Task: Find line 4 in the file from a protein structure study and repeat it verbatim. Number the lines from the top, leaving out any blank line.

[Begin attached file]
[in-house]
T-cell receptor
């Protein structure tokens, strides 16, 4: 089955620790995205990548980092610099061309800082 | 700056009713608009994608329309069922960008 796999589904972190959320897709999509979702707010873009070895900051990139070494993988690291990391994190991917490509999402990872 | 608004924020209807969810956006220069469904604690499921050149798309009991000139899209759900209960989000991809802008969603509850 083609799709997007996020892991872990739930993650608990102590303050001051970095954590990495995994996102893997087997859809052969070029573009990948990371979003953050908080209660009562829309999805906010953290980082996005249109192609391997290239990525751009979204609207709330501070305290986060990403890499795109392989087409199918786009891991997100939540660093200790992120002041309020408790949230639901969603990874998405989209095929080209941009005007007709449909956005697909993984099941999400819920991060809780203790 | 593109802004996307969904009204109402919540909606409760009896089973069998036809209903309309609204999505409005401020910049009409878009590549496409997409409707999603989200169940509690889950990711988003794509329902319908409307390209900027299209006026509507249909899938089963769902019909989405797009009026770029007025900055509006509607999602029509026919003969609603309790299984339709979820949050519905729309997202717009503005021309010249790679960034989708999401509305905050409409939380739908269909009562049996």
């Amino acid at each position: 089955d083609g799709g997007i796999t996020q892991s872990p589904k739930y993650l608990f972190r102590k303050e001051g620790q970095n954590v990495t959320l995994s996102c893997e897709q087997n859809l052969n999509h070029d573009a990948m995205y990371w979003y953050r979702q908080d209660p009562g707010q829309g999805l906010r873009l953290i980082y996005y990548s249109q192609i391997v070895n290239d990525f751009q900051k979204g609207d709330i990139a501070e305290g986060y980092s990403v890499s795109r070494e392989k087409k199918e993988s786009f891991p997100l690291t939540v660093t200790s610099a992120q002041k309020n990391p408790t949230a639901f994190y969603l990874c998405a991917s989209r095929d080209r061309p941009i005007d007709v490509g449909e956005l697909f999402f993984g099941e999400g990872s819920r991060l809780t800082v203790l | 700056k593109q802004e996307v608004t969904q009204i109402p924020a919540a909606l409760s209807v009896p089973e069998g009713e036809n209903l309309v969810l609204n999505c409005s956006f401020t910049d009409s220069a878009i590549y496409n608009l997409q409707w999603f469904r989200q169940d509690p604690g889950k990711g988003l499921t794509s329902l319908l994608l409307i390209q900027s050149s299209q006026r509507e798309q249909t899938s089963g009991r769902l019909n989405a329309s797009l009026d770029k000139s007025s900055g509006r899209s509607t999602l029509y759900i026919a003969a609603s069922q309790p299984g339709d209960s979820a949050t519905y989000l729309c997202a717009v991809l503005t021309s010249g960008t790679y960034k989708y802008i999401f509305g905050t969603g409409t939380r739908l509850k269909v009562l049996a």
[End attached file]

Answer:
């Amino acid at each position: 089955d083609g799709g997007i796999t996020q892991s872990p589904k739930y993650l608990f972190r102590k303050e001051g620790q970095n954590v990495t959320l995994s996102c893997e897709q087997n859809l052969n999509h070029d573009a990948m995205y990371w979003y953050r979702q908080d209660p009562g707010q829309g999805l906010r873009l953290i980082y996005y990548s249109q192609i391997v070895n290239d990525f751009q900051k979204g609207d709330i990139a501070e305290g986060y980092s990403v890499s795109r070494e392989k087409k199918e993988s786009f891991p997100l690291t939540v660093t200790s610099a992120q002041k309020n990391p408790t949230a639901f994190y969603l990874c998405a991917s989209r095929d080209r061309p941009i005007d007709v490509g449909e956005l697909f999402f993984g099941e999400g990872s819920r991060l809780t800082v203790l | 700056k593109q802004e996307v608004t969904q009204i109402p924020a919540a909606l409760s209807v009896p089973e069998g009713e036809n209903l309309v969810l609204n999505c409005s956006f401020t910049d009409s220069a878009i590549y496409n608009l997409q409707w999603f469904r989200q169940d509690p604690g889950k990711g988003l499921t794509s329902l319908l994608l409307i390209q900027s050149s299209q006026r509507e798309q249909t899938s089963g009991r769902l019909n989405a329309s797009l009026d770029k000139s007025s900055g509006r899209s509607t999602l029509y759900i026919a003969a609603s069922q309790p299984g339709d209960s979820a949050t519905y989000l729309c997202a717009v991809l503005t021309s010249g960008t790679y960034k989708y802008i999401f509305g905050t969603g409409t939380r739908l509850k269909v009562l049996a």